10 Memorable Performances From the History of Mountain Jam
As we gear up for this year’s installment of Mountain Jam (June 4-7) -- which will see the likes of the Black Keys, Alabama Shakes and Robert Plant and the Sensational Space Shifters taking the stage -- we know we’re sure to leave the annual Hunter Mountain, N.Y.-based festival having witnessed a ton of unforgettable performances.
With that in mind, we take a look back at Mountain Jam’s rich history. Since its 2005 inception, it's expanded from one to four days and has consistently produced memorable performances and inspired collaborations. Below, we recount just 10 of those standout moments from the past decade of Mountain Jam.
The Band leader Levon Helm made a pair of appearances at Mountain Jam -- first in 2008 and again in 2010 -- before his death in 2012. Both instances produced unforgettable moments, including this performance of “I Shall Be Released” for which Helm was joined by his backing band and Mountain Jam co-founder, Gov’t Mule’s Warren Haynes.
Helm returned to Mountain Jam two years later to celebrate his 70th birthday. He did so in epic fashion, accompanied by a laundry list of friends and guest performers -- including Haynes, Ray LaMontagne, Sam Bush, Jackie Greene, the Drive-By Truckers’ Patterson Hood and Steely Dan’s Donald Fagen -- for the Band classic, “The Weight.” It was Helm’s last performance at Mountain Jam before he passed from cancer. During 2012’s Mountain Jam, Gov’t Mule and the Levon Helm Band played the song once more in tribute to the late singer.
In addition to joining Helm’s onstage birthday celebration at the 2010 iteration of Mountain Jam, Ray LaMontagne and Warren Haynes also teamed up for a beautiful duet of LaMontagne’s “Shelter.”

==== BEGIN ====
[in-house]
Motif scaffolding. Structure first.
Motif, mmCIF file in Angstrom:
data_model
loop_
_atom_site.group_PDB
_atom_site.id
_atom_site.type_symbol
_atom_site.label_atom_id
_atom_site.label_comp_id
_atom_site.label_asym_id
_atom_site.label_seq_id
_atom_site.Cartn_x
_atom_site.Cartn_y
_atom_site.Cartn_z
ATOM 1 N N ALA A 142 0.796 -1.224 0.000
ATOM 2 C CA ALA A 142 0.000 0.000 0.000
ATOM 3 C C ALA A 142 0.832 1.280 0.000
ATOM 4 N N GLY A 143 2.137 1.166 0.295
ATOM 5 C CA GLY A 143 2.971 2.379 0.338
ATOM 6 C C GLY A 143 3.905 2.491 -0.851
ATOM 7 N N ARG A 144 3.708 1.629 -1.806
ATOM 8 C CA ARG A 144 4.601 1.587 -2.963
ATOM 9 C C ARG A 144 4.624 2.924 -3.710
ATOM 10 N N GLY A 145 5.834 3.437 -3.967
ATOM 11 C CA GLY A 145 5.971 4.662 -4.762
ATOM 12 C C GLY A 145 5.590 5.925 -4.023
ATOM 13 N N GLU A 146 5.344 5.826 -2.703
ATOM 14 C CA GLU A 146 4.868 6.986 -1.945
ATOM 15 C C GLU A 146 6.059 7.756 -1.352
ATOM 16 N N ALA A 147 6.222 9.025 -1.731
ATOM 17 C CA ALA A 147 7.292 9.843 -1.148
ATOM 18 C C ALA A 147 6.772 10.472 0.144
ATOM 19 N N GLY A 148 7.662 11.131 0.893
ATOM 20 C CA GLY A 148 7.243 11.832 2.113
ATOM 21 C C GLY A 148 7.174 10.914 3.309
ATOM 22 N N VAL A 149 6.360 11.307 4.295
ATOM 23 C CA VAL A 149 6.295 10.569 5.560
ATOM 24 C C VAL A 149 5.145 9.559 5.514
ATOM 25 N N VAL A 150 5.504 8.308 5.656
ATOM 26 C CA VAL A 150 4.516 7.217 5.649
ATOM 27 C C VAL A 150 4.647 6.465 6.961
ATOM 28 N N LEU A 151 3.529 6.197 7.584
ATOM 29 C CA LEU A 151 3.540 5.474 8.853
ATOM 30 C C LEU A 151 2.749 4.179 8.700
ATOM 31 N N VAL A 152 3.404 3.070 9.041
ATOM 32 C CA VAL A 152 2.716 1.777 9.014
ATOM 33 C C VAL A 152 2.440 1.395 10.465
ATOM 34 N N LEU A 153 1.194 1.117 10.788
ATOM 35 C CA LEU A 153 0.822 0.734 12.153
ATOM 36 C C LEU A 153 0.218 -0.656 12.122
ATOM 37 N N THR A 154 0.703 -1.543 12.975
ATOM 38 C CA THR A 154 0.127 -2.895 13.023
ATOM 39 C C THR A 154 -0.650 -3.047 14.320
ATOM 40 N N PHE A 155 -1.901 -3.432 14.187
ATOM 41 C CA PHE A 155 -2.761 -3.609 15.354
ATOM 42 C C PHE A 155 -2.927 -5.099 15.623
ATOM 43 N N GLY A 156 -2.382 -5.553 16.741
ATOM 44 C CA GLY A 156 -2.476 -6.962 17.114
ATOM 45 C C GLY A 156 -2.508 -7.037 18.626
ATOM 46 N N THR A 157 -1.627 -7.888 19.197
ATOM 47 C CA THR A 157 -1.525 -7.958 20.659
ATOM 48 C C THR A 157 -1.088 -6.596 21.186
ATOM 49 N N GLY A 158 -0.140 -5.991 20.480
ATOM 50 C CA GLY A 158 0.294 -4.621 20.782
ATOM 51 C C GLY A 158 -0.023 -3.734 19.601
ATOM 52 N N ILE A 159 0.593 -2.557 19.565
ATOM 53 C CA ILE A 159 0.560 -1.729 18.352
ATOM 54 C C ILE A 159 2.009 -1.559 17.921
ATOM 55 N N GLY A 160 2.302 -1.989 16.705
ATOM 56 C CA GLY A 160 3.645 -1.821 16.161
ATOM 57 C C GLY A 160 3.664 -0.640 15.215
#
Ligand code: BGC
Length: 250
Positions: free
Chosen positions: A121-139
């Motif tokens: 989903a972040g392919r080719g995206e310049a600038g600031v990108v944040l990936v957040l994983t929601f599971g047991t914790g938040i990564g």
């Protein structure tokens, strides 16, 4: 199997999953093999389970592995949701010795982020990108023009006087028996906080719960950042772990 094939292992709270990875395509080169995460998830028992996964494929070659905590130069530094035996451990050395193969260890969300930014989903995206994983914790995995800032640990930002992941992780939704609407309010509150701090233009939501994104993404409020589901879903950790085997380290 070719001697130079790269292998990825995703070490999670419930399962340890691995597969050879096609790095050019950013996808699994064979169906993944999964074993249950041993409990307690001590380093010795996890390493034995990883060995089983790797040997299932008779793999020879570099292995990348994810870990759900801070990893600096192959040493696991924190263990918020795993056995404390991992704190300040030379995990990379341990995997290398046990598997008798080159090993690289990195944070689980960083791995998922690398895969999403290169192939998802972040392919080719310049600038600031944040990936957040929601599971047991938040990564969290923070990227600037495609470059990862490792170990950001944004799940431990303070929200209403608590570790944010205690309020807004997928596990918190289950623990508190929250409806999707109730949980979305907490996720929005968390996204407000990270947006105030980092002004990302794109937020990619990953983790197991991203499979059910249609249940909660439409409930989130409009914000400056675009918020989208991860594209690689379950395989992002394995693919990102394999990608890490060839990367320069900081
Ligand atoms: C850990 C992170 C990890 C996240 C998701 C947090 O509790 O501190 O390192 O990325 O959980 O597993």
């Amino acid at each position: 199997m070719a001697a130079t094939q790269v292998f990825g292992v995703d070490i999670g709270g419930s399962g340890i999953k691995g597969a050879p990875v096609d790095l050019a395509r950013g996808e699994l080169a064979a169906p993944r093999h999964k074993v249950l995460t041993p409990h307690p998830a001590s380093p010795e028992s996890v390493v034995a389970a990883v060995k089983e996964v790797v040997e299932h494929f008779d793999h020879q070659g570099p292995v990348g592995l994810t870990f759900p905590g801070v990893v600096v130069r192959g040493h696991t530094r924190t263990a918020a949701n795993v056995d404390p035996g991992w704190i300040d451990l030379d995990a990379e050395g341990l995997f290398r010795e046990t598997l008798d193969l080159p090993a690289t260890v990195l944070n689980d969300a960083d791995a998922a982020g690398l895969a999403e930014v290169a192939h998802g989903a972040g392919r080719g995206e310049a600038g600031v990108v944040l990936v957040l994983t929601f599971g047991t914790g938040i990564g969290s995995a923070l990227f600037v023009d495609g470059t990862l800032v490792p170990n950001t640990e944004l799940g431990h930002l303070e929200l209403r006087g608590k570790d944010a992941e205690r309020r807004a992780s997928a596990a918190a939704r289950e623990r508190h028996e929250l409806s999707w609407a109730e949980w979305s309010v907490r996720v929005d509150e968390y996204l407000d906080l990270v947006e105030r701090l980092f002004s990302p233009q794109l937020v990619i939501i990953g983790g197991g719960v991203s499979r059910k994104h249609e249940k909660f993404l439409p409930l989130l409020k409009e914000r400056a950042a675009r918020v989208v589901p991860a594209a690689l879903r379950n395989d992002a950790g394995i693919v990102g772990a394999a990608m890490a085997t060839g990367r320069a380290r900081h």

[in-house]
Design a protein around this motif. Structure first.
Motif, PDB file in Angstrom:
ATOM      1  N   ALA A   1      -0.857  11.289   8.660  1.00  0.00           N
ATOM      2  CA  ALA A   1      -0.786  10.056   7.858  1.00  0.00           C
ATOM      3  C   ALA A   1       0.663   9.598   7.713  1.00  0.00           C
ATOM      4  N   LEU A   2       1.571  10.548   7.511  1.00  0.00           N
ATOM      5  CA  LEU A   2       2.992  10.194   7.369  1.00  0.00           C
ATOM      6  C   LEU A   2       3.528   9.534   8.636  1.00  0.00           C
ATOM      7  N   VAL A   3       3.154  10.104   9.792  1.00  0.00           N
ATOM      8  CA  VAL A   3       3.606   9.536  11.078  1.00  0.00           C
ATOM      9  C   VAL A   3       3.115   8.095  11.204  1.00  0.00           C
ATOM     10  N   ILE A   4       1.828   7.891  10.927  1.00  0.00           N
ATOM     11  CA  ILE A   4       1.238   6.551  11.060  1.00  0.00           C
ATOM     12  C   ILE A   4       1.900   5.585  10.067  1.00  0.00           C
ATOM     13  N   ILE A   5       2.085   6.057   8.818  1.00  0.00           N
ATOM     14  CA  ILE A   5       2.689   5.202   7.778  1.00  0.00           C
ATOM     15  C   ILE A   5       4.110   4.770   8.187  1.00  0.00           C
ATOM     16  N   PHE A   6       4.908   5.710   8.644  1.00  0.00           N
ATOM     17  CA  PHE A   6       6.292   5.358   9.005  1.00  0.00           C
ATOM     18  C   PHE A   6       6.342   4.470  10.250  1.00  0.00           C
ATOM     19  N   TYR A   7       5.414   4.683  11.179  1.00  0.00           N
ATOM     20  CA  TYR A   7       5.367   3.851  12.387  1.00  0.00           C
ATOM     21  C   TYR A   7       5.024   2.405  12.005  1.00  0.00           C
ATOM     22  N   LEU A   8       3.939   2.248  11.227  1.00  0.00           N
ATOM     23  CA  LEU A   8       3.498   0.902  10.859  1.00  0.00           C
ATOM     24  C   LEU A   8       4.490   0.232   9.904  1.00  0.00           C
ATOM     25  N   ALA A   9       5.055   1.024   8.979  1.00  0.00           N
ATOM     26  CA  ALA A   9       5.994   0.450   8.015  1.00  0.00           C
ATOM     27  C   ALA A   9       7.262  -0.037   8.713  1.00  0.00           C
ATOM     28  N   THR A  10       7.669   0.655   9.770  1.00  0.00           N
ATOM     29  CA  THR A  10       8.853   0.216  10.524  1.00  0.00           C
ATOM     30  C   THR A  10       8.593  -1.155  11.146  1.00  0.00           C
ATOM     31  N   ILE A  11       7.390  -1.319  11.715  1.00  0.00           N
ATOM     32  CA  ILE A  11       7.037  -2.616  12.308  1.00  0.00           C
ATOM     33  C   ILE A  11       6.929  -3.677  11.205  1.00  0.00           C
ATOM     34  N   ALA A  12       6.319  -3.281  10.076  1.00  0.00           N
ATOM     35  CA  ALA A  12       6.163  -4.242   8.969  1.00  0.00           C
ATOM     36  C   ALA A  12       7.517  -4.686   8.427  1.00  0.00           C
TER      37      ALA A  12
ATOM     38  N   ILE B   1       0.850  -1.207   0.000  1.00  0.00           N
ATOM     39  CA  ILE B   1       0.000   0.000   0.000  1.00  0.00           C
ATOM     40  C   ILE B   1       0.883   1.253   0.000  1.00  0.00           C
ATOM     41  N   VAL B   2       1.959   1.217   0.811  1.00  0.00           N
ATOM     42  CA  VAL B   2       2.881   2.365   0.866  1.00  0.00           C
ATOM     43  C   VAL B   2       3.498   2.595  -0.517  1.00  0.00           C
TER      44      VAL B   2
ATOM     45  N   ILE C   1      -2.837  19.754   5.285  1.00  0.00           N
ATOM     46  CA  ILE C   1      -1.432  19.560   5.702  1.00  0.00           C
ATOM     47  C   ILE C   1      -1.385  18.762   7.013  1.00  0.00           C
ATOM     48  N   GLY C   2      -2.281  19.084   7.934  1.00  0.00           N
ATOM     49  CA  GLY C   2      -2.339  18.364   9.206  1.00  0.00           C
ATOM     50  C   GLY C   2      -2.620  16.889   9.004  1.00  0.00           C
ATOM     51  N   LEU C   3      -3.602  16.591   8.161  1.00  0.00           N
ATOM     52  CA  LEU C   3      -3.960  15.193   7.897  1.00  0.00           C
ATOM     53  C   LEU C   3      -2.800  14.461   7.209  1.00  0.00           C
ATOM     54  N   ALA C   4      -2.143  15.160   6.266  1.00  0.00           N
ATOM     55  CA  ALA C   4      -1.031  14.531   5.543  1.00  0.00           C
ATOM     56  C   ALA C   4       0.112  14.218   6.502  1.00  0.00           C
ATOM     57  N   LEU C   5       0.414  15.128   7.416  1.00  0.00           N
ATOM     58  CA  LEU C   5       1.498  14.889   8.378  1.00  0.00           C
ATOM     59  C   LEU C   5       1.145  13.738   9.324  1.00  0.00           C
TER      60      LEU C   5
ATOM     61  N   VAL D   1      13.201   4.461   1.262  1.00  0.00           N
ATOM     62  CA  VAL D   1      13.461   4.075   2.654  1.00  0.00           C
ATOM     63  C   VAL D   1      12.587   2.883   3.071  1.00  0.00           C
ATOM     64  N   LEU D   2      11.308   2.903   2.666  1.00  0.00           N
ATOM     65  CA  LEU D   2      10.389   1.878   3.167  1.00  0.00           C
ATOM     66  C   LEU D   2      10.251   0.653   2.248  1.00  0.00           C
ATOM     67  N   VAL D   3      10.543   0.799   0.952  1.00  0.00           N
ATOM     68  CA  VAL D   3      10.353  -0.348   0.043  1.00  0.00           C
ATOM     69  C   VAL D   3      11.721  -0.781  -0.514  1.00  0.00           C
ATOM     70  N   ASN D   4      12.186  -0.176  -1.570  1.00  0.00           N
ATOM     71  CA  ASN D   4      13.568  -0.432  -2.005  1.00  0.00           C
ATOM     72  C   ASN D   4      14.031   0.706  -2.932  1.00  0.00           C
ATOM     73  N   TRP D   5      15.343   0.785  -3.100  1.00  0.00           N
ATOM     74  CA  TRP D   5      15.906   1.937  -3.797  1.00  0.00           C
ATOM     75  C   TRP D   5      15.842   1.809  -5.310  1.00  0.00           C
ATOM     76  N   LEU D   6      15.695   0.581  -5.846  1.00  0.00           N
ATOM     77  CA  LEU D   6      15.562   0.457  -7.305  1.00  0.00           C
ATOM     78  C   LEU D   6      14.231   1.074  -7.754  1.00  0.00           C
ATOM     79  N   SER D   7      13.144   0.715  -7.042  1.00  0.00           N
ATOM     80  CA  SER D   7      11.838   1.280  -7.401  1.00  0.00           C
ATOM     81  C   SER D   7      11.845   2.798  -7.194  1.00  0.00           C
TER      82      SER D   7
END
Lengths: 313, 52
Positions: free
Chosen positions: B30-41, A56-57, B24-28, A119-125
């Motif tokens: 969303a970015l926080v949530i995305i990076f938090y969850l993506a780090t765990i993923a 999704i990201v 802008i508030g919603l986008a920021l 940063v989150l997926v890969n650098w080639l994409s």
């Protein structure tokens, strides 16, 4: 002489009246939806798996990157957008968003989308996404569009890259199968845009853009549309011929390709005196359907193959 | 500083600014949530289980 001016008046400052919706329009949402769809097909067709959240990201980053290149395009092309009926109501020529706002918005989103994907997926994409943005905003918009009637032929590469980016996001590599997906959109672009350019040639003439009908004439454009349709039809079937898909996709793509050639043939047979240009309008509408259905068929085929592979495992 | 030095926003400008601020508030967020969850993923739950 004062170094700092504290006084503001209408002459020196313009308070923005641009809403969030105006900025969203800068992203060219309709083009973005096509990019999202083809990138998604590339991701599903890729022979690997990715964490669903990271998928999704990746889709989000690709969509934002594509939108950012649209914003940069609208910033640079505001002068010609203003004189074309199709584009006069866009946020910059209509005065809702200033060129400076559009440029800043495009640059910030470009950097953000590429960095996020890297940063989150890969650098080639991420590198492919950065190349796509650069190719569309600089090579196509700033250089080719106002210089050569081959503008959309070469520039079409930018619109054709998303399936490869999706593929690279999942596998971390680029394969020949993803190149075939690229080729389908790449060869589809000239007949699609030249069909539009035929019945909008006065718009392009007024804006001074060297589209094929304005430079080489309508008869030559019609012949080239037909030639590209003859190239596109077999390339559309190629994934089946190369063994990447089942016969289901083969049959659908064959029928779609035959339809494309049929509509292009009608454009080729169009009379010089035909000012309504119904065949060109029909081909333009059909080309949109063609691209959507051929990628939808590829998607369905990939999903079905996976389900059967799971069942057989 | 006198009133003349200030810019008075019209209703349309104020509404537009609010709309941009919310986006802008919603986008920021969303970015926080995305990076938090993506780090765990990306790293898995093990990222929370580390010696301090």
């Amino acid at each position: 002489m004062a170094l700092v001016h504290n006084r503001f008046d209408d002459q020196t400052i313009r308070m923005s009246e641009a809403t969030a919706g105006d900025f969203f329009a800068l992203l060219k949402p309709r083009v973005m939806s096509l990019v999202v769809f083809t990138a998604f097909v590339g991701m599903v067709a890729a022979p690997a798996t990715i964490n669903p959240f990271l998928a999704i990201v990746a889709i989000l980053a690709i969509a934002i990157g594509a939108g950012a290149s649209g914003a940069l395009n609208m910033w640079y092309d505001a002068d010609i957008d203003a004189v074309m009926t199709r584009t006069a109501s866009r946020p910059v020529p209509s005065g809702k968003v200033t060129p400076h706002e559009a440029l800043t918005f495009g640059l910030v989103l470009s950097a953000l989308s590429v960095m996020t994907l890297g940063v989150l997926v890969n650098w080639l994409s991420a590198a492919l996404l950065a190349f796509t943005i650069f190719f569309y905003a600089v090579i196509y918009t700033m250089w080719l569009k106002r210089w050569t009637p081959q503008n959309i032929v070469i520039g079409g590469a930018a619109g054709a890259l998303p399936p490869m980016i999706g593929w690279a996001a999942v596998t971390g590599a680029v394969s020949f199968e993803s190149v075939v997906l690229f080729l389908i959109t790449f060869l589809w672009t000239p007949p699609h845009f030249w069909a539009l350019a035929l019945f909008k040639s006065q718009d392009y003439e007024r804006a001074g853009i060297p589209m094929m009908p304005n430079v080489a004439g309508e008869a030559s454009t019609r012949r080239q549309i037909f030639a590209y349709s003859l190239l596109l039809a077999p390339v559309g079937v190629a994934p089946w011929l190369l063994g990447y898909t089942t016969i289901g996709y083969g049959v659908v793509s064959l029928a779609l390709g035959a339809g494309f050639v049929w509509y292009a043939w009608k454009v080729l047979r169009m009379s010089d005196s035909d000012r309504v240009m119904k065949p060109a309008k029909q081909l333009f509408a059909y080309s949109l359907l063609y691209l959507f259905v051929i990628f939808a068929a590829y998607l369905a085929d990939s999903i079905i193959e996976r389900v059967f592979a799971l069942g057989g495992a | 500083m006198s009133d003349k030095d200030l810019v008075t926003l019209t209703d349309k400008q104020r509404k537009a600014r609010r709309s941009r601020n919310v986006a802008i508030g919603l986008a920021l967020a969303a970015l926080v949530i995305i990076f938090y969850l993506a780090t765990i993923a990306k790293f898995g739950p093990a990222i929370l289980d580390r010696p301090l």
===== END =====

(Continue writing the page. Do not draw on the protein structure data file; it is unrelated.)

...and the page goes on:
Mountain Jam is certainly no stranger to its fair share of Dylan covers, but the Avett Brothers 2011 rendition of “Just Like a Woman” was truly exceptional. For the cover, the North Carolina folk-rockers were joined by Simone Felice, a staple at Mountain Jam over the years, whether as a solo artist or with the Felice Brothers.
In 2011, Edward Sharpe and the Magnetic Zeroes brought their massive hit, “Home” – from their 2009 debut, Up From Below – to Mountain Jam, making for an instant crowd sing-along.
Shortly following the death Beastie Boys’ Adam “MCA” Yauch, the Roots took the stage at Mountain Jam and covered the rap trio’s iconic “Paul Revere” from their 1986 debut, Licensed to Ill. The Roots’ Black Thought, Questlove and company dedicated the song not only to Yauch, but also D.C. “Godfather of Go-Go,” Chuck Brown, who passed days after the Beastie Boys rapper.
At 2012’s Mountain Jam, the Carolina Chocolate Drops caught concertgoers’ attention when they served up a lively bluegrass rendition of Johnny Cash and June Carter’s version of “Jackson.” Dom Flemons – who has since parted ways with the North Carolina outfit -- and frontwoman Rhiannon Giddens absolutely wowed with their original and spirited rendition of the classic song.
Shortly before the release of their fifth full-length, Negativity, Deer Tick visited Mountain Jam and treated fans to a blistering cover of Nirvana’s “Breed.” It wasn’t the only outstanding cover from their Mountain Jam set, either. Their rendition of the Replacement’s “Can’t Hardly Wait” was equally terrific.
A few months before they dropped their self-titled debut, the Lone Bellow brought their newly minted LP to Mountain Jam and left quite an impression. And the trio’s signature, powerful harmonies as heard on “You Never Need Nobody” will give you a good idea as to why.
During the lead-up to Tweedy’s – Jeff Tweedy’s latest project featuring his son Spencer – debut full-length, Sukierae, the Wilco frontman and company made a stop in Hunter Mountain for the 2014 festival. Together, they played a bunch of cuts from the then-forthcoming album, but “Down From Above” was a standout moment in the father-and-son outfit's set.